Kolkata formerly Calcutta is a city shrouded in time warp basking in its earlier glory as the former capital of the country. Established in 1690, the city has ben immortalized time and again over the past three centuries, through art and litrature. Artists and photographers and writers have often embarked on a journey to reveal the mysteries of Calcutta. Many an adjective has been used to capture the essence of the city. Some romanticize the idea of Calcutta calling it,’Jewel of the East’, ‘ City of Joy’, ‘Cultural Capital of India’, while others present a murkier side of the city calling it the ‘Black Hole’, Graveyard of the British Empire’. The city has been witness to major world events which changed the course of history
As part of the British Empire during the Second World War, India found itself in the position of a de-facto ally to Britain’s Western allies, including the United Stated of America. In the years 1942-44 during World War II, Japanese fighter planes bombed Calcutta trying to destroy the crucial Howrah Bridge as well as operations at the sea port.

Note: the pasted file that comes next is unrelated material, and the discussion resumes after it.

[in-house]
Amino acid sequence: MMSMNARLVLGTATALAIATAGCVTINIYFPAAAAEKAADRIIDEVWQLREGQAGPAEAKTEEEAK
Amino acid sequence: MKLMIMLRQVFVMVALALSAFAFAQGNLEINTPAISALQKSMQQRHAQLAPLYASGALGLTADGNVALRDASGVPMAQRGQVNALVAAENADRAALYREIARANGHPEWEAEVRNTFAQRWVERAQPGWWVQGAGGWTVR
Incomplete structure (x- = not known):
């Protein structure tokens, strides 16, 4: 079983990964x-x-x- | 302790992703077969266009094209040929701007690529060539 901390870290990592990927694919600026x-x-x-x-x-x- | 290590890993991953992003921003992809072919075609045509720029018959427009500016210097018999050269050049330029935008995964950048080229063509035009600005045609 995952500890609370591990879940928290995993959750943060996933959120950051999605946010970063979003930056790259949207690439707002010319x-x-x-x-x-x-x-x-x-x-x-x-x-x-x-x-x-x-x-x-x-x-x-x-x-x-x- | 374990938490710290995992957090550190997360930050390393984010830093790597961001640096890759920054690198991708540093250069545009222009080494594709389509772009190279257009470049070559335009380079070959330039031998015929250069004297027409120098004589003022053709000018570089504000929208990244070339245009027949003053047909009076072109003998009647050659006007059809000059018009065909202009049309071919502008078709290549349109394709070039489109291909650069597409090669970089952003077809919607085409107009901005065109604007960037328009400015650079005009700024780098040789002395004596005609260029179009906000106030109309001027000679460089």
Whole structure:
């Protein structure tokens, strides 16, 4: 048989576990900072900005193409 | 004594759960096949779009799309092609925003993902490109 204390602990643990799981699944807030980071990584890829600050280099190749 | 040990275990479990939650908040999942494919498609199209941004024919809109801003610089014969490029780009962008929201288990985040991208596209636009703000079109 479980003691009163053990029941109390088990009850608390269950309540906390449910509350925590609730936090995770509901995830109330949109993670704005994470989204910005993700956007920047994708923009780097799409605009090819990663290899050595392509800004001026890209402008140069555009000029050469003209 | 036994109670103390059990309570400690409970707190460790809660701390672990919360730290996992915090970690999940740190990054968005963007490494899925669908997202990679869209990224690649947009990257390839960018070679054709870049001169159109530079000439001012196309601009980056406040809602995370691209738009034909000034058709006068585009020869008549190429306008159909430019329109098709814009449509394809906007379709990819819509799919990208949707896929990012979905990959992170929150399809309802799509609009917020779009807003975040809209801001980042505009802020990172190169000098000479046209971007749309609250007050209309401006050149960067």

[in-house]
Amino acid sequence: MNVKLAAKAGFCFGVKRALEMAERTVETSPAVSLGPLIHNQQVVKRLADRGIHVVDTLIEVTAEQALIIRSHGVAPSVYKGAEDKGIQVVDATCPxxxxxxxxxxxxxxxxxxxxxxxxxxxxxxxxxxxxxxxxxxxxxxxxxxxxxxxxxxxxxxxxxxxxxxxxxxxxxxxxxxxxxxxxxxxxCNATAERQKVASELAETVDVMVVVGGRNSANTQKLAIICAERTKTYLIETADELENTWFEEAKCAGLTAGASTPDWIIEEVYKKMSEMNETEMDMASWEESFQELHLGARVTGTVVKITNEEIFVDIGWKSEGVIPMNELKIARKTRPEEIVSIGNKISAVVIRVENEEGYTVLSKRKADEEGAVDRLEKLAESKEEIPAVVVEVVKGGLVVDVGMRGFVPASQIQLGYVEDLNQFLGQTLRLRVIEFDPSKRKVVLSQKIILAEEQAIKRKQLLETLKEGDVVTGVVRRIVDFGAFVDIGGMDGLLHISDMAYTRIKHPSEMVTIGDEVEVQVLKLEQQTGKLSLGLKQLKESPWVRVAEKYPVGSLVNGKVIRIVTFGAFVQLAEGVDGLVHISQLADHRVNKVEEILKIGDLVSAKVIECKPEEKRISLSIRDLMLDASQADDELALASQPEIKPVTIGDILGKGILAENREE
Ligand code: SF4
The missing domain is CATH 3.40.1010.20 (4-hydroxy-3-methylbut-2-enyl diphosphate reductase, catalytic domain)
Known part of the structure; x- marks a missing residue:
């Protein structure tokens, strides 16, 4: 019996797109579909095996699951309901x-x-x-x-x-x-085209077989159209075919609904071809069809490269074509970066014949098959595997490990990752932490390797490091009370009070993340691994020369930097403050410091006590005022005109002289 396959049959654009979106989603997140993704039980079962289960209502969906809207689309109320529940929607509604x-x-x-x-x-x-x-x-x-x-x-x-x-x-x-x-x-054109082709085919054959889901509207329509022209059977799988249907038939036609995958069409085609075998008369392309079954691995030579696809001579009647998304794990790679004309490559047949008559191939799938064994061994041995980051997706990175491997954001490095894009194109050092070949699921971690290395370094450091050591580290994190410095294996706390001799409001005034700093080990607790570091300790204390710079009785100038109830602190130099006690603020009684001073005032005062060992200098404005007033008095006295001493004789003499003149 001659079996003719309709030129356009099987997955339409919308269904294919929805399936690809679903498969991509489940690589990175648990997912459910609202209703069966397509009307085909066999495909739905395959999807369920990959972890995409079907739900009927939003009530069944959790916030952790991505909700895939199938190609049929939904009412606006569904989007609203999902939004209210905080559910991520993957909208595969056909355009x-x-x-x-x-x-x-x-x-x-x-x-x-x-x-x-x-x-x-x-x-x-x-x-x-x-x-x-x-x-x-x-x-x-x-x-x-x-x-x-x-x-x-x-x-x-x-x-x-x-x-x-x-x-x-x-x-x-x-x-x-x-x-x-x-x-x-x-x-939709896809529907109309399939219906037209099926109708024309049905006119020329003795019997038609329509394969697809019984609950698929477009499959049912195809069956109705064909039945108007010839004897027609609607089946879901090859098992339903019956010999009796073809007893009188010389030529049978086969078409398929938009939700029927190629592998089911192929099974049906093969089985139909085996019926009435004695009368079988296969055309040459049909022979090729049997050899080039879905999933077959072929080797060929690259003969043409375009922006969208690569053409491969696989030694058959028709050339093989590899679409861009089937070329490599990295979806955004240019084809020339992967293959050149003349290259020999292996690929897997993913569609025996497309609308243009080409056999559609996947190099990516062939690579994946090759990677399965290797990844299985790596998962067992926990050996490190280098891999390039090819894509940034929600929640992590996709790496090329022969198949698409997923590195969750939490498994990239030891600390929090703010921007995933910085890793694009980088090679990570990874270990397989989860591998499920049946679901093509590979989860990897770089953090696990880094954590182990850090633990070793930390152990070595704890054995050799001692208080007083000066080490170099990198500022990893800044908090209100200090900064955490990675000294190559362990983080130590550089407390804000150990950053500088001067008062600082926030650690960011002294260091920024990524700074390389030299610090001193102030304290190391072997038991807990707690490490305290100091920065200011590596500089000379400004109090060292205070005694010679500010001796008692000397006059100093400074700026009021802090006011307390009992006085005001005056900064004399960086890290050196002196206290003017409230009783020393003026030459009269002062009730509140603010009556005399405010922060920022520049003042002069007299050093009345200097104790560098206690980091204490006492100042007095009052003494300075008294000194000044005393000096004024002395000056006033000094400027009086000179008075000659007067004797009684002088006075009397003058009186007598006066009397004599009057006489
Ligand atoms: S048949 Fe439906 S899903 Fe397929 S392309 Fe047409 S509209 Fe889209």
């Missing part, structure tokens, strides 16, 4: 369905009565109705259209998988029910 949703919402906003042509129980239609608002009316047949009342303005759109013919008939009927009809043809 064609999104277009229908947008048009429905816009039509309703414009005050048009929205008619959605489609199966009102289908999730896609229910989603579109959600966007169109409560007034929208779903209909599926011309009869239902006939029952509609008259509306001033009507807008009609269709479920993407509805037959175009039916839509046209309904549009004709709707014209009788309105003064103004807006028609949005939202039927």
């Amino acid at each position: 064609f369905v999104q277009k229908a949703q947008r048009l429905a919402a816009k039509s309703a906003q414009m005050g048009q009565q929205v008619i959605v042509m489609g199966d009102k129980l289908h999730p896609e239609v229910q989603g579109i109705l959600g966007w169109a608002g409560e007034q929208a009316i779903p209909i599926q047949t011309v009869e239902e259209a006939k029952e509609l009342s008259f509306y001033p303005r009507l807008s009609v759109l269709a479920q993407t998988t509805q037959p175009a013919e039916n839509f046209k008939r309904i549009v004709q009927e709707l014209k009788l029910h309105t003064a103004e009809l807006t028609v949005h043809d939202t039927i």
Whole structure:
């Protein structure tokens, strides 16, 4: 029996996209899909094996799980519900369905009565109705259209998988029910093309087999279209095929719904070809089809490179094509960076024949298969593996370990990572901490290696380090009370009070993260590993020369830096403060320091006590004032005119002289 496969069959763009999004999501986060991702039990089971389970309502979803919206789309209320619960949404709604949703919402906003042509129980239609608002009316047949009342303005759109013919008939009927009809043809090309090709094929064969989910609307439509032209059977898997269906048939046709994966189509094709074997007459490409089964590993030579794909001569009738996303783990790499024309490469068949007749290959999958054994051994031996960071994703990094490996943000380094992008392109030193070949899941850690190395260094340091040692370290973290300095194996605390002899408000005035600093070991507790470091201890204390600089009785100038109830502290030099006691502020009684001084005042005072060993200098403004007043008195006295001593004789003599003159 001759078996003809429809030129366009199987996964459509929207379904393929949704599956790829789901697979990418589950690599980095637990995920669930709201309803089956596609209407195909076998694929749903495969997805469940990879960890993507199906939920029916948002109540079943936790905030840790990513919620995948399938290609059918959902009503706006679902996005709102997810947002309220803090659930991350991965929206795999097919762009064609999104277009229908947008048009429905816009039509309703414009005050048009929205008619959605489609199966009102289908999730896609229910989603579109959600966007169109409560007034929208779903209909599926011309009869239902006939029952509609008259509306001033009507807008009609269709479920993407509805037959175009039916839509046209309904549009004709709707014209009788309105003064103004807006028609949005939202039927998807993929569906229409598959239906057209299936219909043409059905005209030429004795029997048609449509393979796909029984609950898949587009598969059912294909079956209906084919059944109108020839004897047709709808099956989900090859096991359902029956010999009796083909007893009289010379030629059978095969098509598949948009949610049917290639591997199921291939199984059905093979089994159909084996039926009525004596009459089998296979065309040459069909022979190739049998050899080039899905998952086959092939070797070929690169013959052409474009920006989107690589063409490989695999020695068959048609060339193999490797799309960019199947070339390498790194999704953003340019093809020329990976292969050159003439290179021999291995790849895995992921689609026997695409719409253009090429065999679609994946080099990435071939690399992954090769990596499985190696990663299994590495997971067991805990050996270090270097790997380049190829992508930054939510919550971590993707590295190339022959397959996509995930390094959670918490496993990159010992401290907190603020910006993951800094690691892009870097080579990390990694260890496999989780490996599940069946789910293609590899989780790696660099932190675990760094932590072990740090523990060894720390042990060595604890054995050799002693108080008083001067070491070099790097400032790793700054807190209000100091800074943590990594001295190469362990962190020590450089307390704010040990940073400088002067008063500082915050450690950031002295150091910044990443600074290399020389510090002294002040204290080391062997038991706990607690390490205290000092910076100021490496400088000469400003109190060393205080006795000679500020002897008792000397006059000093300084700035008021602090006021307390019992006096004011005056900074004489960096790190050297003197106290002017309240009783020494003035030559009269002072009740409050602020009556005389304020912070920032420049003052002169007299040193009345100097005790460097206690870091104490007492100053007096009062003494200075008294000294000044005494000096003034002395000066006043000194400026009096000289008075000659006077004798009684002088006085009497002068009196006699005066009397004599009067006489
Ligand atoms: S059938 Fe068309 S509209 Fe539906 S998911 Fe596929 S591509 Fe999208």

India was a major aerial supply route, for an American military mission that came to be known as ‘flying over the Hump’, a term of reference for flying over the Indian Himalayas. Though extremely dangerous (several U.S. planes had crashed on the mission), it was the only way for the allies to send supplies to China in support of its war against Japan, while avoiding Japanese occupied Burma.
The eastern Indian state of Calcutta (now Kolkata), because of its proximity to China and Burma, was as an important hub in execution of the military operations. In fact, the Red Road in Calcutta had even been used an emergency runway for operation Hump. The India China Burma theater was responsible for bringing in US military to Calcutta during WWII. Calcutta had caught the imagination of many GI’s residing in this city during this period. It was during this time that the US military photographer Clyde Waddell took photographs of the city from 1943- 1945. Rarely has Calcutta been presented as a city of contradictions, a unique paradox of extremes, of gradoise and luxury, poverty and wealth coexisting harmoniously as he presented the city in his album.